The National Interest magazine has been running a series of ‘top five’ articles on military hardware recently. Like all such lists, they’re contentious and largely a matter of opinion. But that’s half the fun, and it hasn’t stopped me taking a swipe at them on Twitter. This week it was suggested to me that I put my keyboard where my mouth is, so here’s my own ‘Top five fighter aircraft of all time’ in response to Robert Farley’s list.
First, the criteria. The aircraft have to have been game-changers, either by altering the course of important campaigns or by affecting the strategic calculus. And they have to have been produced in quantity. Performance isn’t a criterion, although it can certainly help an aircraft meet the other criteria. That’s why the modestly-performed but ‘in the right place at the right time’ Hawker Hurricane—by far the RAF’s numerically most important fighter during the Battle of Britain—is a contender.
WWI: Fokker D.VII
‘Best on field’ awards usually go to players on the winning side (for good reason), so there’s a temptation to apply a winner’s bias when looking for a WWI nominee. The Sopwith Triplane would probably be my allied choice on the grounds that it turned the air war on the western front when it was introduced. But it didn’t last long in service, partly because things were moving fast and partly because it was difficult to maintain. On balance I’m giving the nod to the Fokker D.VII, a well-performed aircraft built in very large numbers late in the war and impressive enough to be specifically mentioned in the armistice conditions, which required ‘surrender in good condition by the German Armies of … all D.7’s’.
WWII: Lockheed P-38 Lightning
I don’t mind the National Interest nomination of the Grumman Hellcat from WWII, and I like their description of it as the ‘Honda Accord of the sky’. But the Hellcat did most of its work after the darkest days of 1942, and had little impact in the European theatre. The P-38 Lightning, on the other hand, was a heavy long-range fighter that played an important role in establishing allied air superiority in the Pacific (as well as the sigint-enabled interception of General Yamamoto’s aircraft over Bougainville). The same qualities also allowed it to accompany allied bombers over Germany in 1943, allowing the strategically successful allied bomber offensive to ramp up before the more famous P-51 Mustang (also in the running for this award) came along. This will be the most disputed nomination.
Honorable WWII mentions: Almost too many to mention, as aviation became a core warfighting capability for the first time: Hurricane, Spitfire (in that order), Yak-3 and –9, Messerschmitt 109, Focke-Wulf 190, Mitsubishi Zero, P-47 Thunderbolt.
The 1950s: MiG-15
While in some ways a hybrid of a British jet engine and German WWII jet research, the appearance in the skies over Korea of the fast and heavily-armed swept-wing MiG-15 came as a nasty surprise to allied forces that entered the war with early straight-wing jets and WWII vintage piston-engined fighters. The USAF had to scramble to match it through the rapid deployment of the F-86 Sabre. The Sabre allowed the allies to take the fight to the MiG-15 and superior training and experience told in the end, but in one fell swoop it was clear that the Cold War wasn’t going to be a technological one-way street. (The aircraft equivalent of Sputnik 1.)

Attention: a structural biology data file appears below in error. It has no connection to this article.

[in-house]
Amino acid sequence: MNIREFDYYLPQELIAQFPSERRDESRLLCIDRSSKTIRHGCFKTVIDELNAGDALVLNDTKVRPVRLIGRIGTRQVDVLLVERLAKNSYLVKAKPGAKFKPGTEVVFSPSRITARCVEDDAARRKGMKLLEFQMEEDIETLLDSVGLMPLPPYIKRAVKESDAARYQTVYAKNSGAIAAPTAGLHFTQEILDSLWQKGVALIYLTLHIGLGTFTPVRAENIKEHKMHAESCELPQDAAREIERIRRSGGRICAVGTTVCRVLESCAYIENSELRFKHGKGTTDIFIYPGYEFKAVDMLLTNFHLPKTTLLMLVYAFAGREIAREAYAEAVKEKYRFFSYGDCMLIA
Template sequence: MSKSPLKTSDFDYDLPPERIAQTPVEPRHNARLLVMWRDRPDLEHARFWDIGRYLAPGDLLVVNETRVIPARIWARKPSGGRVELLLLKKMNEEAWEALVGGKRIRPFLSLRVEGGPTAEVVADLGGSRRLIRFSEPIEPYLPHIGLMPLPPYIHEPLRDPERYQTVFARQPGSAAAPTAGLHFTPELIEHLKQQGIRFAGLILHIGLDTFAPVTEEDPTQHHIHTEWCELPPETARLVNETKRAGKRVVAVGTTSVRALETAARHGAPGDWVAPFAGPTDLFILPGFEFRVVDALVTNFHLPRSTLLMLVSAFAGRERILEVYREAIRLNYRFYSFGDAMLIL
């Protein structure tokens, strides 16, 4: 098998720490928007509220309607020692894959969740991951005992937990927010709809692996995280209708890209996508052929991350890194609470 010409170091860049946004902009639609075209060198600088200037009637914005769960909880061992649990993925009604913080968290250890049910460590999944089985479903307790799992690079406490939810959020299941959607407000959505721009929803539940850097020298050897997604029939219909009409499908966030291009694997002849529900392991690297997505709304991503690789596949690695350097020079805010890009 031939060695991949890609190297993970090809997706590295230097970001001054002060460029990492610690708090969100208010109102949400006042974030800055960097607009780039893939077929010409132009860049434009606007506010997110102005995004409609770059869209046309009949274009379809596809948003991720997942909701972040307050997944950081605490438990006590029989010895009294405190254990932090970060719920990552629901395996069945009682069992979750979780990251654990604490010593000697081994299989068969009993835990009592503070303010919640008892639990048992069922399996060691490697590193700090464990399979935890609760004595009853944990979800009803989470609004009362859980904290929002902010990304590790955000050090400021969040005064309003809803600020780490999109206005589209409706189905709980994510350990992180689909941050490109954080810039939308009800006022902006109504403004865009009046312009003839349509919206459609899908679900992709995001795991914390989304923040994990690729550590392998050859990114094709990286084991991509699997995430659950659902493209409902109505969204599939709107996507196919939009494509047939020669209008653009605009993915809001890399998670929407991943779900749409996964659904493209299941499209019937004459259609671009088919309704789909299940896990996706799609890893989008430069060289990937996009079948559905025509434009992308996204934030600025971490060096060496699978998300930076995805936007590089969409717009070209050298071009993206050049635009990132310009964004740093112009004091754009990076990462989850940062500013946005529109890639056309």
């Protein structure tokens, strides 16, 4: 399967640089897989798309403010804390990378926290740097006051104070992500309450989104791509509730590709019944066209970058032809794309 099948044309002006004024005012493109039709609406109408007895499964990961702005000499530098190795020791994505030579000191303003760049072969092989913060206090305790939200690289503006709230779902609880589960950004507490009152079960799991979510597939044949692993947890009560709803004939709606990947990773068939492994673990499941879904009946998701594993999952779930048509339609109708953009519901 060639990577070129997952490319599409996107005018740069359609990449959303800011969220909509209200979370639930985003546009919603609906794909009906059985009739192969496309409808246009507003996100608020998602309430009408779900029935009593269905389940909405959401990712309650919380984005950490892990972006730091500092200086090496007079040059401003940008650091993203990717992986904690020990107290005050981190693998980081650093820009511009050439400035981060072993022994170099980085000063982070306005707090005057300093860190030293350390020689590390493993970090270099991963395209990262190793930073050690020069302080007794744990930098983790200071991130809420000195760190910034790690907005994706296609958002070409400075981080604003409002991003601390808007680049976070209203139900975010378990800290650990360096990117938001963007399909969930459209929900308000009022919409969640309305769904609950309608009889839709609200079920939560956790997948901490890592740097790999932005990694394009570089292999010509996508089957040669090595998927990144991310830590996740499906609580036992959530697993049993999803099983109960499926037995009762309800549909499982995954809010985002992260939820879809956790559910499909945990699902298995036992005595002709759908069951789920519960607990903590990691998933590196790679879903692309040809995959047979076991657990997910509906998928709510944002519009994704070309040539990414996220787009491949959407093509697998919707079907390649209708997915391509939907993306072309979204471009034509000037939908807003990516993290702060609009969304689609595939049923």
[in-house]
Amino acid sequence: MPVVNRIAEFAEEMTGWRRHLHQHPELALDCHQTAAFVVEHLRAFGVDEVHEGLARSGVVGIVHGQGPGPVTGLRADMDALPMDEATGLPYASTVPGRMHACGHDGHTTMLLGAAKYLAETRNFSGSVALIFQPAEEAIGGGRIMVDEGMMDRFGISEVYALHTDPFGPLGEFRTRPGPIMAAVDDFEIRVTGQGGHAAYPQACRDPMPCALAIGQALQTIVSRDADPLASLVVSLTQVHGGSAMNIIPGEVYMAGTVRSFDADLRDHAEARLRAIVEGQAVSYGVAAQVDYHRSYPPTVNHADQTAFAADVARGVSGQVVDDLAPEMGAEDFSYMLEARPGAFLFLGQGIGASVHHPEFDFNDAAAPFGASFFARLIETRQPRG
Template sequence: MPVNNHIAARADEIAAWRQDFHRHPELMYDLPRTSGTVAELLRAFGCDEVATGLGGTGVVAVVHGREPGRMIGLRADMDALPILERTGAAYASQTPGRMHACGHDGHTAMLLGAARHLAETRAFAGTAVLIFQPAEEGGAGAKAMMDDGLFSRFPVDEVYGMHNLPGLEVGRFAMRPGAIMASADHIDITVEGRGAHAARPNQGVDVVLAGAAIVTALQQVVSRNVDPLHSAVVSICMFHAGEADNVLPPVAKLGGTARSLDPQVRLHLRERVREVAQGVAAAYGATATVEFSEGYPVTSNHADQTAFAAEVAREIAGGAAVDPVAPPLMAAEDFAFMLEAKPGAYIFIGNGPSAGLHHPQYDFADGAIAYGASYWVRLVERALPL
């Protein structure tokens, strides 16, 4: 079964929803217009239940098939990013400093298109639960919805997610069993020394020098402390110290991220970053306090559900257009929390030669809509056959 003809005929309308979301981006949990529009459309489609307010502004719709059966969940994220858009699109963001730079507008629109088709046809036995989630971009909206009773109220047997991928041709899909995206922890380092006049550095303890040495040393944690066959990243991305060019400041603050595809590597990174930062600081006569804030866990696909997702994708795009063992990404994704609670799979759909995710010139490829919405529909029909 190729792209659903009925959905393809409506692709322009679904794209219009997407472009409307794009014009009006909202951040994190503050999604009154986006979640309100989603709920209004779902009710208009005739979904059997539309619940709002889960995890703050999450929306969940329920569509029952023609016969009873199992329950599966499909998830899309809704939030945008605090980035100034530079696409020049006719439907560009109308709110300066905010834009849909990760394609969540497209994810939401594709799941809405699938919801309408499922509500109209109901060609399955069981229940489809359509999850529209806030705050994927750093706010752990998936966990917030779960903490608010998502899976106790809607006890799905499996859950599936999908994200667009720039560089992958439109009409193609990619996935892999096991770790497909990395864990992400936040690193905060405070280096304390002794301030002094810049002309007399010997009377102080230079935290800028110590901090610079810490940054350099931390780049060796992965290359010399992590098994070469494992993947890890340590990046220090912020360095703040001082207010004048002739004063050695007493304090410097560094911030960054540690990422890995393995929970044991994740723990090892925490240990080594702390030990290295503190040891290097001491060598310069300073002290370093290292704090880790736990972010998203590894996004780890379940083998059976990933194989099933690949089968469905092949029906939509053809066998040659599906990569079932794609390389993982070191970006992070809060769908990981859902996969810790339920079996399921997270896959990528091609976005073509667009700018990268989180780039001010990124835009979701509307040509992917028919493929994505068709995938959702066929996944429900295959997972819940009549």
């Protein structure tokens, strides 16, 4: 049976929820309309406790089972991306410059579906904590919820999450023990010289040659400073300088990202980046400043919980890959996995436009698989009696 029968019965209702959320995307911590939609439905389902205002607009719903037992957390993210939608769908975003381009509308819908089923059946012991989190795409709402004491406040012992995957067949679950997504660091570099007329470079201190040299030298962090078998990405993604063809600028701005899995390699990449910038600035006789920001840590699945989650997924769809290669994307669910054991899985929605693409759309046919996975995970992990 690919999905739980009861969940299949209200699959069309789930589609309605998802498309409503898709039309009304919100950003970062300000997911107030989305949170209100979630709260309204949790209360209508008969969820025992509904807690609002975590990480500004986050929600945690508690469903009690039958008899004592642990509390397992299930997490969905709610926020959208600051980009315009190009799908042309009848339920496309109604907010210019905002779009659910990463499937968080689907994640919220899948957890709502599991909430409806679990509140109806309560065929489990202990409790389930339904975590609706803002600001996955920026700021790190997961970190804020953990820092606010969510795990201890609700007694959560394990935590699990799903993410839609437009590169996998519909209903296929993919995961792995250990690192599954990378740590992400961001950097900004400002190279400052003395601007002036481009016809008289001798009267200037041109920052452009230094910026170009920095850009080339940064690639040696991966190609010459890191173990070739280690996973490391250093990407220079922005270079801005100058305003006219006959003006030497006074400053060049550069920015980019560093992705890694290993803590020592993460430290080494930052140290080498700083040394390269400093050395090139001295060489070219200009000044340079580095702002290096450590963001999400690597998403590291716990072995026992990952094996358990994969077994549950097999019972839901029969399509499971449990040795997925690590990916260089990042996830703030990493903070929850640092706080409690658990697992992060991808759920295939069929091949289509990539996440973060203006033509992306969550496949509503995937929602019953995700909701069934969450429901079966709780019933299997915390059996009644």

Honourable mention: F-86 Sabre
The 1960s: McDonnell Douglas F-4 Phantom II
Inexplicably in the National Interest’s ‘dishonourable mention’ appendix to its Worst five fighter aircraft of all time list, this nomination alone makes my list better than theirs. The Phantom was a true joint strike fighter of its day, serving in large numbers with the US Air Force (which was initially reluctant), Navy and Marine Corps, as well as many other countries around the world. More than 5,000 were built, and although it was never going to win prizes for looks, the Phantom saw combat service in two major American wars (Vietnam and Gulf War I). It was a major factor in establishing Israeli air superiority in the 1960s and 70s and in maintaining Western air power well into the 1980s.
1980s and beyond: McDonnell Douglas F-15 Eagle
Taking over where the Phantom left off, the F-15 has been the vanguard of Western air power from the 1980s onwards. Most air-to-air combat ‘kills’ by American forces during that time have been by F-15s. Israeli F-15s also have a formidable air combat record. And when air-to-air combat isn’t required, the Strike-Eagle is an accomplished strike platform.
Honourable mentions: the F-16, which was the ‘low’ part of the high-low mix with the F-15. But at half the price of an F-15 it delivered well over half the capability.
Andrew Davies is senior analyst for defence capability and director of research at ASPI. Image courtesy of AereiMilitari.org.